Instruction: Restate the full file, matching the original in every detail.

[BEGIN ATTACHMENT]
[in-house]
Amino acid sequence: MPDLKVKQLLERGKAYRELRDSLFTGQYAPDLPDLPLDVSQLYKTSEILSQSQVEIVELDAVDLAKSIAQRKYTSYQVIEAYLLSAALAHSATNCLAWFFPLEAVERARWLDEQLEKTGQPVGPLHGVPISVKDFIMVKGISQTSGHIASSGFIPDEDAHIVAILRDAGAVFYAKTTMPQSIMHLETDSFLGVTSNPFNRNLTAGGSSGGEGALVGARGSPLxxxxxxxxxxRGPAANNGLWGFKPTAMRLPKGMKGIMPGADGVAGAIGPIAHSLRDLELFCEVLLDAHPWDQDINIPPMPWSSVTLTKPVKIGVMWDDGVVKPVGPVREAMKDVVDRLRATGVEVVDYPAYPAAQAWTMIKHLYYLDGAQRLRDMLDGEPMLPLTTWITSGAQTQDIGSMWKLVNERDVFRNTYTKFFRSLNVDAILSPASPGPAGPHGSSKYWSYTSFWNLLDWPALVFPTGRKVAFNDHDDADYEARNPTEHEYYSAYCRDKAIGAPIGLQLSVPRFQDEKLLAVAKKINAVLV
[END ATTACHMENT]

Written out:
[in-house]
Amino acid sequence: MPDLKVKQLLERGKAYRELRDSLFTGQYAPDLPDLPLDVSQLYKTSEILSQSQVEIVELDAVDLAKSIAQRKYTSYQVIEAYLLSAALAHSATNCLAWFFPLEAVERARWLDEQLEKTGQPVGPLHGVPISVKDFIMVKGISQTSGHIASSGFIPDEDAHIVAILRDAGAVFYAKTTMPQSIMHLETDSFLGVTSNPFNRNLTAGGSSGGEGALVGARGSPLxxxxxxxxxxRGPAANNGLWGFKPTAMRLPKGMKGIMPGADGVAGAIGPIAHSLRDLELFCEVLLDAHPWDQDINIPPMPWSSVTLTKPVKIGVMWDDGVVKPVGPVREAMKDVVDRLRATGVEVVDYPAYPAAQAWTMIKHLYYLDGAQRLRDMLDGEPMLPLTTWITSGAQTQDIGSMWKLVNERDVFRNTYTKFFRSLNVDAILSPASPGPAGPHGSSKYWSYTSFWNLLDWPALVFPTGRKVAFNDHDDADYEARNPTEHEYYSAYCRDKAIGAPIGLQLSVPRFQDEKLLAVAKKINAVLV